United Nations: Military-dominated Myanmar
says its recent democratic reforms are irreversible and has promised a prisoner amnesty in the near future.
Foreign Minister Wanna Maung Lwin told the UN General
Assembly yesterday that talks last month between Myanmar`s
president and democracy leader Aung San Suu Kyi were intended
to put aside differences and find common grounds to cooperate.
The minister urged nations to lift economic sanctions.
In November Myanmar held its first elections in 20 years. The new government is nominally civilian but remains dominated by the military, which has ruled since 1962.
Western nations are urging Myanmar to free its more than 2,000 political prisoners and reconcile with Suu Kyi, whose party won 1990 elections but was barred from taking power.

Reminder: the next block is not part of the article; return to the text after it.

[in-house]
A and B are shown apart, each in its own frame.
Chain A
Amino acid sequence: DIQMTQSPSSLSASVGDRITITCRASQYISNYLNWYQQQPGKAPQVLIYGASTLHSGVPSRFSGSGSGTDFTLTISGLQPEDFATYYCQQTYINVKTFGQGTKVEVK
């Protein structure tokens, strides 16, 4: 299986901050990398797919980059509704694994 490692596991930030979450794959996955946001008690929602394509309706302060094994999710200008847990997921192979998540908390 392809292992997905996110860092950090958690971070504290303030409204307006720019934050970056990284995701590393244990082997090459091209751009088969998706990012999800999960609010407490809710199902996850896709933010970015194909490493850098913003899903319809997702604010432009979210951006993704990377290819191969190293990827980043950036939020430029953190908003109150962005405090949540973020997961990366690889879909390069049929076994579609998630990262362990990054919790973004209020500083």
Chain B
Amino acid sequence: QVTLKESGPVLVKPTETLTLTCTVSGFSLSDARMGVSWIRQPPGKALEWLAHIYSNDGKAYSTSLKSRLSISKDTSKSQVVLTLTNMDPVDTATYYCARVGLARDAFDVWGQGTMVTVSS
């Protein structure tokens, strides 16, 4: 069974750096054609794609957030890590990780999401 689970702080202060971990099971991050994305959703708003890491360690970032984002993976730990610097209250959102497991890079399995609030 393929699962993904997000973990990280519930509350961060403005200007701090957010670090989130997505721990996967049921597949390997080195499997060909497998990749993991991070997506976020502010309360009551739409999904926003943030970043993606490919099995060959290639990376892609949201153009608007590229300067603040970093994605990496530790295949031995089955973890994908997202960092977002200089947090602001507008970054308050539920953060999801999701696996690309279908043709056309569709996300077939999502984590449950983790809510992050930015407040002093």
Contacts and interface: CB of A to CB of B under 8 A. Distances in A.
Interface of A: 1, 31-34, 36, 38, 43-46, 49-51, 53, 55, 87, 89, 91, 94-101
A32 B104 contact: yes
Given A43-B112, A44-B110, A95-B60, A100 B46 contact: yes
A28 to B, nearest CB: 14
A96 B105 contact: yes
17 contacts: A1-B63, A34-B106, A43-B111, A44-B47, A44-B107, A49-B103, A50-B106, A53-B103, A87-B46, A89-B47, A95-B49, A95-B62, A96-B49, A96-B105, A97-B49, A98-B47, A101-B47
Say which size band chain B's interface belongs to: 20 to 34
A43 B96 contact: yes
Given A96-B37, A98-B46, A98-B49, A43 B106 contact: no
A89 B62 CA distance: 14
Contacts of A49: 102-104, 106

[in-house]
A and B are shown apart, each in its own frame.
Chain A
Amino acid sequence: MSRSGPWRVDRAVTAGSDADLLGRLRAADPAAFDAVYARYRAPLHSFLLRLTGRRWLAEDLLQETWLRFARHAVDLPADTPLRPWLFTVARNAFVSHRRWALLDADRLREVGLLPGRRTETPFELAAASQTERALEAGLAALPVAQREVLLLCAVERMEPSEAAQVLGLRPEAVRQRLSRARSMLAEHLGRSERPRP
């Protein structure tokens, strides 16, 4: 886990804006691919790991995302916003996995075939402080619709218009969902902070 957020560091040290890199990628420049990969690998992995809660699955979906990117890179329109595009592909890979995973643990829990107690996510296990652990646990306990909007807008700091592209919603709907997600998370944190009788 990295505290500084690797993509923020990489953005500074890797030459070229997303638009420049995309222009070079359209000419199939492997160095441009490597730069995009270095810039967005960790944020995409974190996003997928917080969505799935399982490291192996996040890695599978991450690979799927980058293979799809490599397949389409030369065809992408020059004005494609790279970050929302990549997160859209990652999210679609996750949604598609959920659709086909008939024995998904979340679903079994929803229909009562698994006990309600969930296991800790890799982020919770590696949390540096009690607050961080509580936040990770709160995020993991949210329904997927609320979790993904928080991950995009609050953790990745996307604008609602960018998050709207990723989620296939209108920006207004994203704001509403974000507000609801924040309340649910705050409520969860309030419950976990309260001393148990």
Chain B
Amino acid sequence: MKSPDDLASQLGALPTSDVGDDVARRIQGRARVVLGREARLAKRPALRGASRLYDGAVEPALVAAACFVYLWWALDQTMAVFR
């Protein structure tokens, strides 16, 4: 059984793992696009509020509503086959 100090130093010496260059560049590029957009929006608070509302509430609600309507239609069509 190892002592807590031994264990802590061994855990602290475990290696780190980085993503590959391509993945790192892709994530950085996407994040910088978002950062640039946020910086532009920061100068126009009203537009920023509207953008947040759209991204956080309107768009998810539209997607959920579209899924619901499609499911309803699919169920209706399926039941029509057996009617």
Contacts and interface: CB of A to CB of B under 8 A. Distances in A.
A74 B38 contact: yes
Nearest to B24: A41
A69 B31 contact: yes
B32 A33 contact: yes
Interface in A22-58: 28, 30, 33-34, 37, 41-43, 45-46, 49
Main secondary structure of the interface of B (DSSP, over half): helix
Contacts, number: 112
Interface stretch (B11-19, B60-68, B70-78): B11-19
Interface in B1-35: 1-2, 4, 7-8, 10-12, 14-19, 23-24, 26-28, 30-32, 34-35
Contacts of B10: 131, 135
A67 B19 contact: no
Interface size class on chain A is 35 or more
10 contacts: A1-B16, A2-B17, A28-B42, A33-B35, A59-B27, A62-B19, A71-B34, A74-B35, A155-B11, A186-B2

The party boycotted the November poll, saying the rules
governing it were unfair. Wanna Maung Lwin gave no details
about the planned amnesty, other than that it would happen "at
an appropriate time in the near future."
"We hope the near future will come very soon," said
British Ambassador to the UN Mark Lyall Grant, after a meeting
later yesterday of the so-called Friends of Myanmar, a group
of about 15 interested Western and Asian nations.
In his address, Wanna Maung Lwin referred to a May amnesty
granted by President Thein Sein that he said led to the
release of 20,000 prisoners by the end of July.
Western nations were, however, disappointed, as only a few
dozen political detainees were reportedly freed.